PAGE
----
(d) while pumping fluid, pulling the cup packer and the sub up through the well bore toward surface.
4. The method of claim 3 further comprising, while pulling the cup packer and the sub, moving the tubular string to drive the annular lip of the cup packer against the cuttings bed.
5. The method of claim 3 further comprising, while pulling the cup packer and the sub, rotating the sub to cut into the cuttings bed.
6. The method of claim 3, further comprising retrieving the system to surface and inspecting the cup packer for abrasive wear.
7. The method of claim 3 further comprising discharging fluid from the inner bore uphole of the sub through lateral discharge outlets.
8. A cuttings bed removal system for use in a well bore, comprising:
(a) a tubular string including a maximum outer diameter and including a sub having a region of enlarged diameter with a diameter greater than the maximum outer diameter of the tubular string, the region of enlarged diameter forming a solid outer surface such that fluid passing upwardly about the tool is forced to move past the solid outer surface and the solid outer surface including cutting edges formed thereon; and,
(b) a packer cup disposed about the tubular string downhole of the region of enlarged diameter, the packer cup being adapted to engage the wellbore during use, disposed to open upwardly toward the region of enlarged diameter and having at least one by pass port extending therethrough.
9. The cuttings bed removal system of claim 8 further comprising:
an inner bore through the sub;
a fluid outlet from the inner bore below the packer cup; and
a fluid discharge outlet from the inner bore above a lower limit of the region of enlarged diameter.
10. A method of reducing a cuttings bed, comprising:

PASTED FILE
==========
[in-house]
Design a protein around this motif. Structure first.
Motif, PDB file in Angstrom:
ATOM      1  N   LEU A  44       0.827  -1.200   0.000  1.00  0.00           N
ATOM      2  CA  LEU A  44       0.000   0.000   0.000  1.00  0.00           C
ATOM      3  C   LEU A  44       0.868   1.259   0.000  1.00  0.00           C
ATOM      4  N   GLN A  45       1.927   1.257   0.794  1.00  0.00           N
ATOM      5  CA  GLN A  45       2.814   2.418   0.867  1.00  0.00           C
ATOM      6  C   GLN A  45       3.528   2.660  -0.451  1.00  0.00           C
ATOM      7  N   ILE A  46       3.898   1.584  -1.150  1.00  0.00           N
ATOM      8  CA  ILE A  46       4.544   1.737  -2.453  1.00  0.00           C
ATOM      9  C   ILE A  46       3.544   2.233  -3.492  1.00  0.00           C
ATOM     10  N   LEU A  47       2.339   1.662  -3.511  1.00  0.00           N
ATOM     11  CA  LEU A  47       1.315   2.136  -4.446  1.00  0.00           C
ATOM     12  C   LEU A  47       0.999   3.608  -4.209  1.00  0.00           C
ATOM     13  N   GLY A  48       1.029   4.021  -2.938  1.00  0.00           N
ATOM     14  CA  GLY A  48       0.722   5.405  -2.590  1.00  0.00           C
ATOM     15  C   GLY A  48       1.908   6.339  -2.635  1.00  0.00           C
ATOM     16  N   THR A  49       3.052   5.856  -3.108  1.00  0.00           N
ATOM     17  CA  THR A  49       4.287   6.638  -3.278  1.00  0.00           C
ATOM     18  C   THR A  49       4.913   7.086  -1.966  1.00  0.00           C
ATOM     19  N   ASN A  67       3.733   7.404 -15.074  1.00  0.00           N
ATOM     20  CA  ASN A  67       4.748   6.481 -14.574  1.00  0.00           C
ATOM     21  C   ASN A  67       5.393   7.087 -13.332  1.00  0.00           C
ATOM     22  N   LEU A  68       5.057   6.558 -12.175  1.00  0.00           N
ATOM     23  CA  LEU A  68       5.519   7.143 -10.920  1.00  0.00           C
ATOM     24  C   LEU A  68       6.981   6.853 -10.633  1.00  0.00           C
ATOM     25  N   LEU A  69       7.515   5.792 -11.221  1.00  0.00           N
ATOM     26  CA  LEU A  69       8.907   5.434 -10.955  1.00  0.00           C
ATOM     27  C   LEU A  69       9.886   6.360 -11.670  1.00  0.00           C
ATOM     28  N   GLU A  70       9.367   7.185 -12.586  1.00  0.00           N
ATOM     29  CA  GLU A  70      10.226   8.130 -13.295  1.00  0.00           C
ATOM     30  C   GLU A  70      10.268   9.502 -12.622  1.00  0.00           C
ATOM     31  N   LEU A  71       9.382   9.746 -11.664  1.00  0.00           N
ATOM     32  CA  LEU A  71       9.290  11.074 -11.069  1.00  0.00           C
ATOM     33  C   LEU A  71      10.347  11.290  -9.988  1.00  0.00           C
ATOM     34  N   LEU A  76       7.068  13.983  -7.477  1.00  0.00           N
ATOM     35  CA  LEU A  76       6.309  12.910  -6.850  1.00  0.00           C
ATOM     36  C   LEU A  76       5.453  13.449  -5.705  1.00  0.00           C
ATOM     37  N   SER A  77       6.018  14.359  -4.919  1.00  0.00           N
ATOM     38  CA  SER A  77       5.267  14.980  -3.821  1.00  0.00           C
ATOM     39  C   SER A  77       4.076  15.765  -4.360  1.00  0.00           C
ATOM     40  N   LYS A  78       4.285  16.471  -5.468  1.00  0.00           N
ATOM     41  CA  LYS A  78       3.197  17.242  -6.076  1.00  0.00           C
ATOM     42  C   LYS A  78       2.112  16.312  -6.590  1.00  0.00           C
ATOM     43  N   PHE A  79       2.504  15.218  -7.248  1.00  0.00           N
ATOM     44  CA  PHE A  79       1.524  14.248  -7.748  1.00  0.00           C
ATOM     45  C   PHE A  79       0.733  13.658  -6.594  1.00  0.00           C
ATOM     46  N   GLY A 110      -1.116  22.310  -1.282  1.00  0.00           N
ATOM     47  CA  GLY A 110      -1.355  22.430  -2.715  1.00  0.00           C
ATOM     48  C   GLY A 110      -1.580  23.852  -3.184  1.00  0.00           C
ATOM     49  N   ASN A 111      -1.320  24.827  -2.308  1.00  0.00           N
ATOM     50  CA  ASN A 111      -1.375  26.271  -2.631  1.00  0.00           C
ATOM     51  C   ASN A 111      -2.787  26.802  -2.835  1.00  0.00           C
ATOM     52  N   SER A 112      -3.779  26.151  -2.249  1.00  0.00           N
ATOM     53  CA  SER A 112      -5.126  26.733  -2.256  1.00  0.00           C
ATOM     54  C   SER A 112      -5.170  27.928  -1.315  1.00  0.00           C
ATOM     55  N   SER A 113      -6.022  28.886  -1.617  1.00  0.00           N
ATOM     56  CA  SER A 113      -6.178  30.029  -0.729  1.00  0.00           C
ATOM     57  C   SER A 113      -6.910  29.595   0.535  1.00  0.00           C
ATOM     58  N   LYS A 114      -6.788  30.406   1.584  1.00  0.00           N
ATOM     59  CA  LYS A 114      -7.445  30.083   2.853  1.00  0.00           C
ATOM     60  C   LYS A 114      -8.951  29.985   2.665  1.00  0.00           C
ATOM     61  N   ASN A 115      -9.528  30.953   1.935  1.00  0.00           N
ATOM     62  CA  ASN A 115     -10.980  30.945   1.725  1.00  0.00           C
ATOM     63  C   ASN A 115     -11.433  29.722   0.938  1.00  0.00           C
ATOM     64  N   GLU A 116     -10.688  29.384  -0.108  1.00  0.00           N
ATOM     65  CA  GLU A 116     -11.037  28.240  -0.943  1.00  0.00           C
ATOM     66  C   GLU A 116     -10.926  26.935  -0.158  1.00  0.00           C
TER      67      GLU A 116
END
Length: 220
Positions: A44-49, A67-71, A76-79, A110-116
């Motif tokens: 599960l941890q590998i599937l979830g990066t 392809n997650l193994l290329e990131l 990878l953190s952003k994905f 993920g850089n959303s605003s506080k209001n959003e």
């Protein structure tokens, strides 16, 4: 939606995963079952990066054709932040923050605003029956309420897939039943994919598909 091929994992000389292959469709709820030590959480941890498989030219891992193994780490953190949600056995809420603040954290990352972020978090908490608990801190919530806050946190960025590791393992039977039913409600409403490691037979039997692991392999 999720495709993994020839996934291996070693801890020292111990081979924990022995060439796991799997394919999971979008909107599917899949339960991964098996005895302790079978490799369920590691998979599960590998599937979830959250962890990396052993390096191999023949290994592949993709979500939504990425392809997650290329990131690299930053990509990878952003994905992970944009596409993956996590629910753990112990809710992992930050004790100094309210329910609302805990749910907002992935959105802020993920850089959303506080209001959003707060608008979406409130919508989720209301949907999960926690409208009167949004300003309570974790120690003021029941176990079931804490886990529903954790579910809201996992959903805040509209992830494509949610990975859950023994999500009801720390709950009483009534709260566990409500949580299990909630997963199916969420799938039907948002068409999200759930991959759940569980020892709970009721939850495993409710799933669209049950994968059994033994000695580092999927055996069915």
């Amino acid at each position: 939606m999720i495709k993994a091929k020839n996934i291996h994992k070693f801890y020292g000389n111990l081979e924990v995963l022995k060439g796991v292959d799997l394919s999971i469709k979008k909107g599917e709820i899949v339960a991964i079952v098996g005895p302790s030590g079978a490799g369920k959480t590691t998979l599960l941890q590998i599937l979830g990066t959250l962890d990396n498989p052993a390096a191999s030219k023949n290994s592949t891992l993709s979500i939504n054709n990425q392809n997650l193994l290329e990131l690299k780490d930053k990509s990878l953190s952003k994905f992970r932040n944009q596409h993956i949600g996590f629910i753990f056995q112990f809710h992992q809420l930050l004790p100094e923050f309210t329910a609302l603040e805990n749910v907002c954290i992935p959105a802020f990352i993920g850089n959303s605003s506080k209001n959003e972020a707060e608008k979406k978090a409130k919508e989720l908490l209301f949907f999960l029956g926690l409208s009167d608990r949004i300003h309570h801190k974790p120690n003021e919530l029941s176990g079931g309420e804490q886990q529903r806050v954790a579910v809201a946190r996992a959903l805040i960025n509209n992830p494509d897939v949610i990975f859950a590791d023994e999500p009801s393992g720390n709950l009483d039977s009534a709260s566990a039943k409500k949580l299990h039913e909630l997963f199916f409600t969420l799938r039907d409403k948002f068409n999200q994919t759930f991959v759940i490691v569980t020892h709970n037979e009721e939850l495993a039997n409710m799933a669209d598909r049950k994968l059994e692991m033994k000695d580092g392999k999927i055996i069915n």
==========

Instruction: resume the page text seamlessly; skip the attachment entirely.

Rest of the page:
(a) inserting a tubular string from surface into a well bore, thereby defining an annulus between the tubular string and the well bore, the tubular string including an inner bore, a sub forming an annular restriction region thereabout, and a packer cup disposed downhole of the annular restriction region, the packer cup including an annular lip opening upwardly toward the annular restriction region and having at least one bypass port extending through the packer cup, during inserting, the packer cup being compressed to fit into the well bore;
(b) running the tubular string to a selected depth to move the packer cup and the sub to a position below the cuttings bed;
(c) pumping fluid through the tubular string inner bore and into the wellbore annulus, circulating the fluid in the wellbore annulus from below the packer cup, through the at least one bypass port of the packer cup, and past the sub through the annular restriction region to surface; and
(d) while pumping fluid, pulling the packer cup and the sub up through the well bore toward surface.
11. The method of claim 10 further comprising, while pulling the packer cup and the sub, moving the tubular string to drive the annular lip of the packer cup against the cuttings bed.